The jet part was one of the early budget flights and I remember it going on and on seemingly forever. I’d muddled up time change so had no idea how long we’d been in the air and how long we’d keep flying. I do remember feeling a bit airsick and had just got a glass of water to take some tablets when we hit severe disturbance. The jet dropped god knows how many feet, the water stayed in the air while the glass went down with me, and looking up it was like slow motion as the water – free of the constraints of the glass – fell down on me and left me soaked to the skin!

Finally we arrived in Singapore to warm, humid weather and a hostile Customs officer who decided that, as Jack’s hair was a bit too long, his passport would be confiscated and only returned when the ship set sail.  I remember Singapore being squeaky clean and full of flowers but really was too jetlagged to take much notice.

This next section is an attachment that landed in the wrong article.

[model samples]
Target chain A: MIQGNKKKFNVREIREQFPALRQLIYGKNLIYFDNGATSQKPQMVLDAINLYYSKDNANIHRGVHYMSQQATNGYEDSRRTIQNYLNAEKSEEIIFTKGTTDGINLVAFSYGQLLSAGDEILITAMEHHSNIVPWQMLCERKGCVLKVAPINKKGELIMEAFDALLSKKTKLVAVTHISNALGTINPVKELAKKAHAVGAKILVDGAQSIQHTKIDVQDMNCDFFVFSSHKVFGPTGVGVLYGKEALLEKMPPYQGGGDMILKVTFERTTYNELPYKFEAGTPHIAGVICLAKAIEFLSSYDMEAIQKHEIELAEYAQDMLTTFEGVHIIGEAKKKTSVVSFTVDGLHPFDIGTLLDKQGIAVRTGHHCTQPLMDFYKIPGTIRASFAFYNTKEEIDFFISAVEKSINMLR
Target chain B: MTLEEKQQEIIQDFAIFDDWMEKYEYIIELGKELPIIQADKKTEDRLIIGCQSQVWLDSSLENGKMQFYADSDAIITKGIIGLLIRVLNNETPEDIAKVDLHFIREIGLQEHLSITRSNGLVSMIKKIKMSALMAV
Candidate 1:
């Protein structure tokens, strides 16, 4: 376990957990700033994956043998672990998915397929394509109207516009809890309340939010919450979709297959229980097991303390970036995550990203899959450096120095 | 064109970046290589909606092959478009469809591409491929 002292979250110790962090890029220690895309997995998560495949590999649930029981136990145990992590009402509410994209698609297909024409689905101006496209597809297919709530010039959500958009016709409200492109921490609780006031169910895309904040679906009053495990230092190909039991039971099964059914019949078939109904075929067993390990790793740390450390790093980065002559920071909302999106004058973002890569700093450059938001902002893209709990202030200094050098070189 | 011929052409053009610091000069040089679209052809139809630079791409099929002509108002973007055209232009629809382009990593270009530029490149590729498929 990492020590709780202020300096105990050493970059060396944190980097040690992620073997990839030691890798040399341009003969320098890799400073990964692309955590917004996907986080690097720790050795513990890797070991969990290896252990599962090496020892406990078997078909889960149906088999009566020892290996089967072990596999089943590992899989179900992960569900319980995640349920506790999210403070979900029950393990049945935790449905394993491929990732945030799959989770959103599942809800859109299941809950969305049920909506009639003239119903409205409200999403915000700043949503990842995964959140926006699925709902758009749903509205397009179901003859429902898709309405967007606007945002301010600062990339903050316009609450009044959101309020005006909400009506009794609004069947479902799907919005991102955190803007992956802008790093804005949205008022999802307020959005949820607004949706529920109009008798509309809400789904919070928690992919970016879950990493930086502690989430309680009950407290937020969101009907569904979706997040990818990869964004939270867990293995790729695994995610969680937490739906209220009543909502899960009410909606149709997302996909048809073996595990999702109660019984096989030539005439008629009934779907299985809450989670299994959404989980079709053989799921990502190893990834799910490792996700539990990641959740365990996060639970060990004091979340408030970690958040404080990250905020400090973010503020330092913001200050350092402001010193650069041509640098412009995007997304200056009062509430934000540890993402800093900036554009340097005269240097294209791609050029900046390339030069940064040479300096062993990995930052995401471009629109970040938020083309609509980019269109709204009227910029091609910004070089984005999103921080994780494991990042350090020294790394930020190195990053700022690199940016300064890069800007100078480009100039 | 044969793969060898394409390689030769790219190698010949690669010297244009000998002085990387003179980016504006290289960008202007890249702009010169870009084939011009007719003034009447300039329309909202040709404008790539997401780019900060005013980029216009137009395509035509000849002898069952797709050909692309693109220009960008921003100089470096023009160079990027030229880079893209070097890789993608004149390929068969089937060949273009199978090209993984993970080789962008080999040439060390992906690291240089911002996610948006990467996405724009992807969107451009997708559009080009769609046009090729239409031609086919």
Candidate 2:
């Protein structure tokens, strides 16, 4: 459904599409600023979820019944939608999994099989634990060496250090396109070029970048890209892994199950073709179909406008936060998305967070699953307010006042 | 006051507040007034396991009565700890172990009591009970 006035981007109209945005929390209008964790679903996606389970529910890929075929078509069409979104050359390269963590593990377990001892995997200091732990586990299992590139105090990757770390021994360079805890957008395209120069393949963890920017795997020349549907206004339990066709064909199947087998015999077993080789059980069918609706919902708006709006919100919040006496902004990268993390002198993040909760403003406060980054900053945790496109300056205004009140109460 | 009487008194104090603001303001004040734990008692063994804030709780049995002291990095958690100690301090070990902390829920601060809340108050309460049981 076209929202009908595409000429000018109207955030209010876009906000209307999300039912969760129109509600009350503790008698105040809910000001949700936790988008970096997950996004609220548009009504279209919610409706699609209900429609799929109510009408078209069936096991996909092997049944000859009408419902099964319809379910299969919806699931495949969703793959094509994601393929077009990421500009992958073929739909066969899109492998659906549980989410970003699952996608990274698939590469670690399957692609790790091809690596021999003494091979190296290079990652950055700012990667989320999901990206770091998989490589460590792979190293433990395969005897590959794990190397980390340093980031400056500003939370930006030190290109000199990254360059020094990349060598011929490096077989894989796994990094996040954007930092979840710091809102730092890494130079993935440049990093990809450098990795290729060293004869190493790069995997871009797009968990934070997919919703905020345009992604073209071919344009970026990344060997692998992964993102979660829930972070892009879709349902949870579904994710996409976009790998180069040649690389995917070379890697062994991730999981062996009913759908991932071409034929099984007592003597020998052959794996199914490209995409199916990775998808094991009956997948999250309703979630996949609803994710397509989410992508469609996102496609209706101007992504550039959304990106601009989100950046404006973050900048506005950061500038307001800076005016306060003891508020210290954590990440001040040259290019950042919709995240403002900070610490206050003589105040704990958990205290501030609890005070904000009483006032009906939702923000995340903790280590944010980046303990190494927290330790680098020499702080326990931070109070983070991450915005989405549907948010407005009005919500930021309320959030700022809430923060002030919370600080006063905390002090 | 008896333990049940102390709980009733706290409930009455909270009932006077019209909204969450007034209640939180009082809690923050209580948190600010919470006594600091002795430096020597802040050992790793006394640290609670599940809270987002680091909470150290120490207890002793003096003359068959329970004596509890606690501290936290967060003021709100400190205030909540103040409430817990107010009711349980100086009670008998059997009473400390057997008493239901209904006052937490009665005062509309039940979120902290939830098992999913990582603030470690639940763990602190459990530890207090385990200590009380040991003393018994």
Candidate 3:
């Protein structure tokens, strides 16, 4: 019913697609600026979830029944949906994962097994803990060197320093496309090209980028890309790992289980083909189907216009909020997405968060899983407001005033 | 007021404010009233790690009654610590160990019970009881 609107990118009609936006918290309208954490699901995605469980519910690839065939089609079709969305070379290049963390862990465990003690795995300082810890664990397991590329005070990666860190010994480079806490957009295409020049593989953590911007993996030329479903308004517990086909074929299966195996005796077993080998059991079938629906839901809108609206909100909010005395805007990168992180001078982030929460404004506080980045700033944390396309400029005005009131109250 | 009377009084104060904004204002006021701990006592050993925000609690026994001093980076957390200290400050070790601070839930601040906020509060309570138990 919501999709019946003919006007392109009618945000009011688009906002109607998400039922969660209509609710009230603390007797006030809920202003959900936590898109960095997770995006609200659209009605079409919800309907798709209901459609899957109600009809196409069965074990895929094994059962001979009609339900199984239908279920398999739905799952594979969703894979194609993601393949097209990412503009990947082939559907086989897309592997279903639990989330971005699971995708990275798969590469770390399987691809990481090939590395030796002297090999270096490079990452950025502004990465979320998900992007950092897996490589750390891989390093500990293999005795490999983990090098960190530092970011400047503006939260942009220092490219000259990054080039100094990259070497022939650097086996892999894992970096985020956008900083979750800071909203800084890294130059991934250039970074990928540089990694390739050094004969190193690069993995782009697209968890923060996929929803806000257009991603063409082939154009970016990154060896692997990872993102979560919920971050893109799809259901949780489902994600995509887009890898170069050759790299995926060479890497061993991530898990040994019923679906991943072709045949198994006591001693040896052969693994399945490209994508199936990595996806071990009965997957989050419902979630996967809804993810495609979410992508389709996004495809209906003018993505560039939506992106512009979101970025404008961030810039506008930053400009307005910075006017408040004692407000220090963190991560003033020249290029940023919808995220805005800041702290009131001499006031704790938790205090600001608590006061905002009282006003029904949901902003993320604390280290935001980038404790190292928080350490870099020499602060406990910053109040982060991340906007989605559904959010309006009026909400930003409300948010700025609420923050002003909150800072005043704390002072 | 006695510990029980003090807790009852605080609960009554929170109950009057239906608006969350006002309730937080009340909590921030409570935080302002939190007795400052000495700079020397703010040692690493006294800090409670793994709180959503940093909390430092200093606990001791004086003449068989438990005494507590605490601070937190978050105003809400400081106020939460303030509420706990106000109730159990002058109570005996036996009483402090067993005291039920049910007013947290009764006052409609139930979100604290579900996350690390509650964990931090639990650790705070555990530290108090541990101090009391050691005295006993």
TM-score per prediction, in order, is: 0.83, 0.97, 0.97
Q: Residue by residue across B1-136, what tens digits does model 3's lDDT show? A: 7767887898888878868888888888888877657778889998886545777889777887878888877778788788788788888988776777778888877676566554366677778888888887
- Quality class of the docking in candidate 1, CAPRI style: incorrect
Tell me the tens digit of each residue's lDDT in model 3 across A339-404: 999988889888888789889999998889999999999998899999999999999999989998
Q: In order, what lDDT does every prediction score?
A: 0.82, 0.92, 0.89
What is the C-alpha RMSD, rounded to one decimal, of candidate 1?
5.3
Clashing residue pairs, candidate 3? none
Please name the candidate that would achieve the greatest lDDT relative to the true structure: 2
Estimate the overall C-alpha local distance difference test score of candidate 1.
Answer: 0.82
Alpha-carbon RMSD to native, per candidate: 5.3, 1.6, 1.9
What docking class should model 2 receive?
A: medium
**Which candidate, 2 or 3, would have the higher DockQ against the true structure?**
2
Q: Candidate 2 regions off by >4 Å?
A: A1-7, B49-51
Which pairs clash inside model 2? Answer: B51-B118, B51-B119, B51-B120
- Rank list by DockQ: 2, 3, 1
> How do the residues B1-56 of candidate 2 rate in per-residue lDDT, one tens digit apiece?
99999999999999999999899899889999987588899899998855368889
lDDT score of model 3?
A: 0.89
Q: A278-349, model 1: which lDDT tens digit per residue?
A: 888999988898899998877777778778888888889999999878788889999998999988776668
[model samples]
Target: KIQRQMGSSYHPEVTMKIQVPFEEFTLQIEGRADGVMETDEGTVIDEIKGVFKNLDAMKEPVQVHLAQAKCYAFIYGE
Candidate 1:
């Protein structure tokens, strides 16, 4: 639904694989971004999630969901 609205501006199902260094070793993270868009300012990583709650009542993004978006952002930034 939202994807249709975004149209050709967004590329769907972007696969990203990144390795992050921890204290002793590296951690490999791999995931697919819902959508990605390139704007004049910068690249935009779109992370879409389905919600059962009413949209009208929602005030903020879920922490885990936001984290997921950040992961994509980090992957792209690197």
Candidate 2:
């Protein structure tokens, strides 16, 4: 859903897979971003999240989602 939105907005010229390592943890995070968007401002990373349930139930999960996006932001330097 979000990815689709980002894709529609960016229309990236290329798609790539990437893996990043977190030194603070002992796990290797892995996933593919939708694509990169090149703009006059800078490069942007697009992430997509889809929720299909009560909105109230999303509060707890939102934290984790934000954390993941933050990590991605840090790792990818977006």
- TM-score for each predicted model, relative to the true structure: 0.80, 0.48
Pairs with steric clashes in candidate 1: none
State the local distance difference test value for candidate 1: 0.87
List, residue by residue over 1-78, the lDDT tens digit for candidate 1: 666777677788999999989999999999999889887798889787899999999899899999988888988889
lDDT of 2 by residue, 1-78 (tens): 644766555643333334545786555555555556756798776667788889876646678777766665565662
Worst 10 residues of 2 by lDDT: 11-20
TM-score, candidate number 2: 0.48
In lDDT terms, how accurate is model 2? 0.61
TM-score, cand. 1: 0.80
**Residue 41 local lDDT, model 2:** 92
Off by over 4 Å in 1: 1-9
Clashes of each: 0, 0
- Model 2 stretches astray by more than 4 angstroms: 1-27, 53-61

We set sail on the Patris ship, full of excitement at embarking on a sea cruise, but I have to tell you that it was utterly, utterly boring.  I don’t like constant entertainment and every available public area had something on – nightclub, movies, bingo, etc., etc. I spent a lot of time lolling around in deck chairs or down below in the cabin. We were also, by the way, segregated. Women-only cabins and men-only cabins. The only thing to fill the endless days and empty seas were food and booze, and the food was not particularly brilliant.  It was even less brilliant when we hit rough seas and meal times were more an exercise in not throwing up rather than getting food down as the restaurant was towards the prow of the boat! So it was with a sigh of relief that we both emerged above decks early one morning in the hazy light of sunrise, to see the shoreline of Australia squatting hazily on the horizon.